1How is Ascites diagnosed?
In many cases ascites is incidently detected when an ultrasound or CT scan is done for other reason. Based on symptoms like fullness in abdomen and after clinical exam, your physician may oder a ultrasound or CT scan to diagnose ascites.
2What is the treatment for aciites?
Mainstay for treatment of ascites is the treatment of underlying cause. In case of acites due to advanced liver failure or cirrhosis of the liver, patients must stop all alcohol consumption as well as drugs that damage the liver.
Multiple options in varoius combination are used to reduce fluid accumulation like:
Restricting sodium (salt) intake.
Diuretic therapy (water pills) to excrete extra sodium and water.
For those not responding to above treatment, large volume.
Therapeutic paracentesis (using a local anesthetic to insert a needle through the abdominal wall) may be used.
Patients will be closely monitored by their physician to track body.
Weight, kidney function and levels of sodium and potassium in the blood during all above treatments.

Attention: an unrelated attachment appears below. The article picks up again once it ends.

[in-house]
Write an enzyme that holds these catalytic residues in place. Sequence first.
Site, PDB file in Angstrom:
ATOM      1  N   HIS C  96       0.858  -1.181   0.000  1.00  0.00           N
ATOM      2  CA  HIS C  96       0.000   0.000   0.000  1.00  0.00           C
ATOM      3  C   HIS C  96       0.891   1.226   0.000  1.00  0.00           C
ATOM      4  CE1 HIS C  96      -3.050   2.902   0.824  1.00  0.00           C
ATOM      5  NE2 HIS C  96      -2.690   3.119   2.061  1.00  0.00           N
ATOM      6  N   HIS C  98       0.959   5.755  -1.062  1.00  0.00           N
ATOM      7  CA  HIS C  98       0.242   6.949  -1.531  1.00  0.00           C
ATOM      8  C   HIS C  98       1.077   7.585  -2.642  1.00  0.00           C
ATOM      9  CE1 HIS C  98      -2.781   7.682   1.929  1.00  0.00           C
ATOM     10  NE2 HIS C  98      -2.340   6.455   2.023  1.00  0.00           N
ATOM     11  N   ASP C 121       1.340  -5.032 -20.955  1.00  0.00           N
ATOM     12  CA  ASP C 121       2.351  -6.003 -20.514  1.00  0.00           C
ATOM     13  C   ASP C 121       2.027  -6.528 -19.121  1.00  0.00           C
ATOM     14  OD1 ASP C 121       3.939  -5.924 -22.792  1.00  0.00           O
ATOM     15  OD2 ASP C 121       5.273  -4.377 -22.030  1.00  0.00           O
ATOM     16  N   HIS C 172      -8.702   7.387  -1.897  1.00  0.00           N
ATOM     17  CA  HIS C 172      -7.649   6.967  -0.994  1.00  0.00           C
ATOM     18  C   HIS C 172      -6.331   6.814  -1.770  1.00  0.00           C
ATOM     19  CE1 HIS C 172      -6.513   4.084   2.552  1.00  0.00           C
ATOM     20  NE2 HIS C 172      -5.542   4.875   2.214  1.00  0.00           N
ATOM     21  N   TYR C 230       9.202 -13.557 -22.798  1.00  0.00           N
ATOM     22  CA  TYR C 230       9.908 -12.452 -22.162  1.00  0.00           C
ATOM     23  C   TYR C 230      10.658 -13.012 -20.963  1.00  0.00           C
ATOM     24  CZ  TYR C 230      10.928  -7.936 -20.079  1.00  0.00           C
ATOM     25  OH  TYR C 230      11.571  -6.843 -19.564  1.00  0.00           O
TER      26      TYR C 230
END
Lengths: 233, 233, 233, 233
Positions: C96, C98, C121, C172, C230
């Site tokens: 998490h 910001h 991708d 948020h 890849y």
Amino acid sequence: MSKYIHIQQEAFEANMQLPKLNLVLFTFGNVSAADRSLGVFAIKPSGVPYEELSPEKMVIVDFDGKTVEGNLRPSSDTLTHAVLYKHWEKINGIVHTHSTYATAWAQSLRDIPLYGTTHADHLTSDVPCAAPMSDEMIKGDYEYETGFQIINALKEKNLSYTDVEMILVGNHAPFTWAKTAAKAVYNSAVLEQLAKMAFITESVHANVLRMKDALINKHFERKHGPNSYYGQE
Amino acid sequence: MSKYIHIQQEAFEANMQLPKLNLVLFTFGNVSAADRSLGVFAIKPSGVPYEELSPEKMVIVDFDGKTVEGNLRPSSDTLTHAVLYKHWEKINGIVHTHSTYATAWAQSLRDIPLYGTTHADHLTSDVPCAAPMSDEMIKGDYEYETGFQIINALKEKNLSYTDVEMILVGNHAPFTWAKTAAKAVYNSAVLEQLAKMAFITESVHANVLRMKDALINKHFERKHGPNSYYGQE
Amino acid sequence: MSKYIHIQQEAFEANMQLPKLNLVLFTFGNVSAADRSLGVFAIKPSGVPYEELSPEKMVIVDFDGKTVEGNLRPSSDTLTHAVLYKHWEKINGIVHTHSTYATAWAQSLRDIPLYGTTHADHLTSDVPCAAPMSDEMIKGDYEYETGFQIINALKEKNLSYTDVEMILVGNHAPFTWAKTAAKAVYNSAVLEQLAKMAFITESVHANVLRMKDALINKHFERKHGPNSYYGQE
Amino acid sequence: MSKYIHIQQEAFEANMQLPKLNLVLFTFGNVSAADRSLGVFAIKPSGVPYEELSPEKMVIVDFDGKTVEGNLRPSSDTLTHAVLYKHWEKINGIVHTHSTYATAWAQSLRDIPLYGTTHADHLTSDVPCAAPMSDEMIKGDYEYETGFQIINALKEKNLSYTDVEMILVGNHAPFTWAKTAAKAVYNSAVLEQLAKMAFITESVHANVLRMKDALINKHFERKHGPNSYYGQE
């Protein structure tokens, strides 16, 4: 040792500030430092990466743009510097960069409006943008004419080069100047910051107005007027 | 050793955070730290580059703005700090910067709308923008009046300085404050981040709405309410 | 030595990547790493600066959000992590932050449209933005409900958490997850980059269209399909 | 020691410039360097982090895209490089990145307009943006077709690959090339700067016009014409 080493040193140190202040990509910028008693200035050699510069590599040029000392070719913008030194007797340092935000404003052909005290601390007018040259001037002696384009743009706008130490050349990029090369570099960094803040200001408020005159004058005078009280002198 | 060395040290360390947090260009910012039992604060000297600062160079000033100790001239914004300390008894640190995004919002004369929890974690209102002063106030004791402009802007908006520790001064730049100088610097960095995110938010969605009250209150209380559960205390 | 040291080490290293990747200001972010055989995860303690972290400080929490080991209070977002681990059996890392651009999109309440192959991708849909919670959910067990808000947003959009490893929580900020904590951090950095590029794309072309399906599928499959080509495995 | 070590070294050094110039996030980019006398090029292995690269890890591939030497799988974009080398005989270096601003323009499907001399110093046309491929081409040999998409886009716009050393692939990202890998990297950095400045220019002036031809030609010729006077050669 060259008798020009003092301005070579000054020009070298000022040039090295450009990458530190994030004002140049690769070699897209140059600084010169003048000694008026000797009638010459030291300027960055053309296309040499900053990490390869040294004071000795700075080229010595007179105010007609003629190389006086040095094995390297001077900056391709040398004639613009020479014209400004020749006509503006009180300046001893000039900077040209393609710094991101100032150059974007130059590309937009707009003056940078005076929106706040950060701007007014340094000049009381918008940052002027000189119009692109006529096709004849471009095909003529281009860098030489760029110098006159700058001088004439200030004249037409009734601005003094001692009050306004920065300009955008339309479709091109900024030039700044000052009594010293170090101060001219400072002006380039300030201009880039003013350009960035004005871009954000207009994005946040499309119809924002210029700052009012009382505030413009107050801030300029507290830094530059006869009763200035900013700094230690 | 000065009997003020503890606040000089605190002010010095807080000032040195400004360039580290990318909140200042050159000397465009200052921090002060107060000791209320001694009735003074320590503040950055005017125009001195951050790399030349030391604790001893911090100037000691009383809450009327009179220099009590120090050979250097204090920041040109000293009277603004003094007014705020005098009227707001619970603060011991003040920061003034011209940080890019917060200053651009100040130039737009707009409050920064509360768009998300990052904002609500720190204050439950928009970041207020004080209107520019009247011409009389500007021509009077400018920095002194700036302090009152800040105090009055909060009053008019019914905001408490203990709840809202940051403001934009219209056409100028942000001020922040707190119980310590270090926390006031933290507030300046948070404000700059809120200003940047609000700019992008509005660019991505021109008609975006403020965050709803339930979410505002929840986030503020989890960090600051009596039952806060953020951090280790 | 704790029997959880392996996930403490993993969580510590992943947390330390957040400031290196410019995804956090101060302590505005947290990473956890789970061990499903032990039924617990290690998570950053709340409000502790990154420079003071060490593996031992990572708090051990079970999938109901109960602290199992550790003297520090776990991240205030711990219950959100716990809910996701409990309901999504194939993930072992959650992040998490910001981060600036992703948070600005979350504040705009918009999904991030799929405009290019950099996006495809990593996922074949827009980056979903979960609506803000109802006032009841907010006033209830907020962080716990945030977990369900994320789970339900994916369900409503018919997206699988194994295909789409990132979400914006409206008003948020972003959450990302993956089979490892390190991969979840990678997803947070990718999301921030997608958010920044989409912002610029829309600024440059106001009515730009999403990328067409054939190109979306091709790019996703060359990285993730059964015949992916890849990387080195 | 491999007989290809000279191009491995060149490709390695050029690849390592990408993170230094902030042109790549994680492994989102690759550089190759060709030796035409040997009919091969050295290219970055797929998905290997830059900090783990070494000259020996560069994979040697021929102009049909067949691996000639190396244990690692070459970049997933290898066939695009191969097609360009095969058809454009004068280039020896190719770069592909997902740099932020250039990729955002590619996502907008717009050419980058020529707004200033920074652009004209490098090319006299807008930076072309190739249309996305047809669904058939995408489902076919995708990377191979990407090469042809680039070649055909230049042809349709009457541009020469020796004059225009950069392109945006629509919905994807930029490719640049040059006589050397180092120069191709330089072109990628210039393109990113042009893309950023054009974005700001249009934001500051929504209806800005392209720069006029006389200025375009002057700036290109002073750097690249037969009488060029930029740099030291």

3Does anything happen if there is fluid but I have no other symptoms?
Your physician may perform a diagnostic abdominal paracentesis to draw out a small amount of fluid to be used in lab tests that may help find (or confirm) the source of the Ascites. Depending on the results, these tests may point to liver or heart failure, infection or cancer, bacterial infection, tuberculosis or, in rare cases, pancreatic disease. In the case of infection, lab results also are used to determine the most appropriate antibiotic to use for treatment.
4Are there other complications?
The symptoms of Ascites can be very distressing and interfere with your quality of life. The condition may also put you at risk for infection and kidney disease.
5Is Ascites a serious condition?
The accumulated fluid is not life-threatening, but it is an indicator of advanced liver disease or other serious, potentially life-threatening underlying conditions.